AllSet Learning has just made its Chinese Grammar Wiki project publicly available. It’s been accessible to clients in Shanghai for some time, but now we’re proud to share it with the rest of the Chinese-learning world as well.
Why a Grammar Wiki?
Web-savvy learners of Chinese have known for some time that there’s no single comprehensive grammar resource for Chinese grammar on the entire internet. Sure, there are some very helpful pages out there, but they’re not comprehensive or interlinked, or at least not publicly available.
We initially created the wiki to scratch our own itch. AllSet Learning provides highly personalized study plans for its clients, making use of a variety of materials, often including such disparate sources as ChinesePod lessons, textbooks, magazines, online articles, blog posts, and Weibo posts. While offering a variety of materials is great for keeping learners interests high, it does create a problem for tracking progress. How can we keep straight what our clients have studied, and what they still need to study?
The Chinese Grammar Wiki is our solution to the grammar part of this issue. Tracking client progress in grammar started with static lists of grammar points, and gradually involved into the current Chinese Grammar Wiki. We tried a number of approaches, but realized that the ideal solution needs to be online, easily edited, easily expanded, and heavily interlinked. Wikipedia was the obvious model for such a resource, and the Chinee Grammar Wiki is powered by MediaWiki, the same software that powers Wikipedia.
Organization of the Chinese Grammar Wiki
As much as possible, we’ve tried to follow the principles laid down by the Wikipedia editing team. These rules are well thought-out and debated, and also nicely documented online. Because the Chinese Grammar Wiki is much narrower in scope than Wikipedia, however, it has also implemented the following principles:
- Organized by Level. The Chinese Grammar Wiki was designed to be useful to learners of all levels, but with special consideration for the beginner. A beginner has special needs. Pointing him to a huge list of all Chinese measure words, for example, probably isn’t the best way to introduce the concept. It’s better to start with a smaller, usable grammar point and build from there. The Chinese Grammar Wiki organizes grammar points by level, and then also ties them all together with lots of links.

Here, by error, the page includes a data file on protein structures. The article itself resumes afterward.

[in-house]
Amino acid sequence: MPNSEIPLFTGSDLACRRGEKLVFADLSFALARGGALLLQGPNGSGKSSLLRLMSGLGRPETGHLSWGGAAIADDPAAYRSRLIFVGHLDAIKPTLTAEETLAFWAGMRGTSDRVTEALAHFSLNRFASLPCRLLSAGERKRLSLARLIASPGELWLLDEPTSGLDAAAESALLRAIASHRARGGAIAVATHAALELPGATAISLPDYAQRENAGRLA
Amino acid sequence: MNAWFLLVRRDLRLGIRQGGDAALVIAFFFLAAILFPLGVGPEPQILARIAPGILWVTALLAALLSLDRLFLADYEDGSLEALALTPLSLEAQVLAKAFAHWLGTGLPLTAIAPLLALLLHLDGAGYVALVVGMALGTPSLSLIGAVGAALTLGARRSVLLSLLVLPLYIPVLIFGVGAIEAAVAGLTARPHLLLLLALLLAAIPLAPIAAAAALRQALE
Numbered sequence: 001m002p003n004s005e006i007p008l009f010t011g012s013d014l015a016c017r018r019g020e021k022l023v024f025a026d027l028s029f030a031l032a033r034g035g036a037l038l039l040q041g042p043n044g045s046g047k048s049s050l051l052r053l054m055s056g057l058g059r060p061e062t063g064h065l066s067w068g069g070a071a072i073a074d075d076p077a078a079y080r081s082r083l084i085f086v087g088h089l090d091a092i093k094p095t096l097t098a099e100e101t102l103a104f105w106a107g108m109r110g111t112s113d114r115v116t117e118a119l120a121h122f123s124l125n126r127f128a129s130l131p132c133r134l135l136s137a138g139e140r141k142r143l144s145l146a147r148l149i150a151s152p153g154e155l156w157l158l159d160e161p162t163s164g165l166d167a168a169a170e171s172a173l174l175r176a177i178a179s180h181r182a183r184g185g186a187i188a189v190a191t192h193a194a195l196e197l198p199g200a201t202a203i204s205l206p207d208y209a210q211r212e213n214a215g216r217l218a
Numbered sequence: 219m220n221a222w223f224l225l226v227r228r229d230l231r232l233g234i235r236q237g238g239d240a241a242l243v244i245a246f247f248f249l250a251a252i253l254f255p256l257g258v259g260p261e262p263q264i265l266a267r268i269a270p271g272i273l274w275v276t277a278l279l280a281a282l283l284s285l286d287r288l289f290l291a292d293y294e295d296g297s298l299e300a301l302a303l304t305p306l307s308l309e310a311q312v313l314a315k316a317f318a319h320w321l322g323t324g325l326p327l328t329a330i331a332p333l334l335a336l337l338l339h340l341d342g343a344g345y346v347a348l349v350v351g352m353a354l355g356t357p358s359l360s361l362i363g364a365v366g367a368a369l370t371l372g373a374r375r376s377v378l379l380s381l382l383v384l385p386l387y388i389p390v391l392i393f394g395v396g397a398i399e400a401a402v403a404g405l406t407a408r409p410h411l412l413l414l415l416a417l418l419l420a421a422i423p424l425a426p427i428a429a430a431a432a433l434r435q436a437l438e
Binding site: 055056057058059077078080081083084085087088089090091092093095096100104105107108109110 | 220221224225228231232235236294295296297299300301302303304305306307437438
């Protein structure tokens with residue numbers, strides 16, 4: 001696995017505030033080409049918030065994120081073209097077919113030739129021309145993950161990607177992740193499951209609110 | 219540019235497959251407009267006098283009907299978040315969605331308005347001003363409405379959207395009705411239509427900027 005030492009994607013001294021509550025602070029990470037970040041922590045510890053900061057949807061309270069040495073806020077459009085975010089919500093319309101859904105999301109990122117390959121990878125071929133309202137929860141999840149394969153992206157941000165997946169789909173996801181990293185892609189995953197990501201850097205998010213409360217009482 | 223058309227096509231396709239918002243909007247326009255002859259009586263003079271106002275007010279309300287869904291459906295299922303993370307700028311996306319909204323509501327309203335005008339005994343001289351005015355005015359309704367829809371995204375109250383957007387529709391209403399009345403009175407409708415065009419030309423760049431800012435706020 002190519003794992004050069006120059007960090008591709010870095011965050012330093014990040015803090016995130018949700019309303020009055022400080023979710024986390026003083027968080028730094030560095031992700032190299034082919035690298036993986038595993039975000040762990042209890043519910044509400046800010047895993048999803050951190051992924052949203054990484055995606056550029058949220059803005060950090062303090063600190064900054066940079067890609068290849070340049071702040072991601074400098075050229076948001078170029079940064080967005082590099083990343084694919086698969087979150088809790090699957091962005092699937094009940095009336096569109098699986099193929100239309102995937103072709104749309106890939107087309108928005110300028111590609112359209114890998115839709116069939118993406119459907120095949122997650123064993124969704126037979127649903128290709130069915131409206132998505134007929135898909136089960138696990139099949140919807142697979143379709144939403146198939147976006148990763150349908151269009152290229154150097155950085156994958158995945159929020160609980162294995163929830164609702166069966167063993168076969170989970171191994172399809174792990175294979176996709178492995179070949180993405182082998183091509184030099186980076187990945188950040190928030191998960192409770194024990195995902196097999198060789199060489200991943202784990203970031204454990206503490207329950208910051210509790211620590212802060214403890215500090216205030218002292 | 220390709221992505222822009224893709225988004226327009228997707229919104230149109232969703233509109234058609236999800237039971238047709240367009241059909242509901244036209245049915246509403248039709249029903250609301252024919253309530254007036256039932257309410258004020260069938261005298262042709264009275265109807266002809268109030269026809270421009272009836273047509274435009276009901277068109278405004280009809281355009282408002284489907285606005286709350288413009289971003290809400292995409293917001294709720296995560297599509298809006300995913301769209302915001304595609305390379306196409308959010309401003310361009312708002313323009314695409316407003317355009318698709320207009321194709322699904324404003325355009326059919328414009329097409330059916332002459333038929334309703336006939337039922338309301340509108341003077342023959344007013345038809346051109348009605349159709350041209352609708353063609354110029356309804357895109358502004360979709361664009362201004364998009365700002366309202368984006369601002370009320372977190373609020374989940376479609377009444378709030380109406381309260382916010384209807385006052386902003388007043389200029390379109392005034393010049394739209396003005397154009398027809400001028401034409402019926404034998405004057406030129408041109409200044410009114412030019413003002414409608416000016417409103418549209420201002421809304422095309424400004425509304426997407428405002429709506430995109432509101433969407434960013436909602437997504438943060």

- Organized by Book. AllSet Learning has built up a decent library of Chinese textbooks and grammar books. These are the books cited as references when editing the wiki. Where possible, we’ve also tried to link textbooks’ contents back into the Chinese Grammar Wiki content. This makes it easier for an owner of a book to expand upon his book’s explanations by jumping right into our wiki’s relevant articles.
- Always Referenced. By always citing the sources our editors use, we’re not only adhering to standard academic practices; we’re also doing our part to publicize the most essential books on Chinese grammar, such as Mandarin Chinese: A Functional Reference Grammar and Modern Mandarin Chinese Grammar: A Practical Guide. It may be the Internet Age, but there’s no denying that most of the most useful information on Chinese grammar is still to be found printed on dead trees.
We don’t mean to pretend that a project of this magnitude has already been fully completed by our modest team. The Chinese Grammar Wiki is still very much a work in progress, but it is now complete enough to be useful to learners all over the world.
There are a few issues which we should point out to new users of the wiki:
- No Anonymous Editing. We’re a small team with limited resources, so we can’t spend a lot of time managing new users, fighting spam, or monitoring quality. The Chinese Grammar Wiki is not just a pet project created for fun; it’s already being used on a daily basis in AllSet Learning clients’ studies. We invite interested potential editors to contact us, but there’s no automatic approval.
- No Universal Pinyin and Translations. This was a very tough call to make, but in order to accelerate the creation of the wiki content, we have decided not to manually add pinyin or English translations to the many words and sample sentences contained within the wiki. This is not only because it’s a time-consuming process; it’s also because there are now free browser extensions and free tools like Google Translate which make the burden of manually editing pinyin and translations largely unnecessary. Please view the wiki’s Tools page to install free browser extensions which provide pinyin, translations, and even conversion to traditional characters.
- Search not yet optimized. The more content the wiki contains, the more important a powerful search function will be. The Chinese Grammar Wiki is currently using MediaWiki’s default search engine, but there are plans to improve it through extensions. In the meantime, we’re still working on article content.
- Many articles are still unwritten. Part of the beauty of a wiki is that it’s infinitely editable, always expandable. While we’ve already got 500 articles in the wiki, there are still many yet to be created. Furthermore, many of the articles are still rather minimal. We know there’s more work left to do, and we’re committed to getting it done. If you’d like to help, that’s great too!
We at AllSet Learning would especially like to thank our interns Lucas, Hugh, Greg, and Jonathan, whose many hours of hard work helped make this project possible. We also welcome anyone interested in helping to contact us about becoming an editor.
Finally, we’re very grateful to all of you out there who take the time to explore the wiki. It would mean a lot to us if you could:
- Help us spread word of the Chinese Grammar Wiki by linking to it on your blog or website
- Like us or share our news on Facebook
- Retweet our news or follow us on Twitter
Happy Year of the Dragon!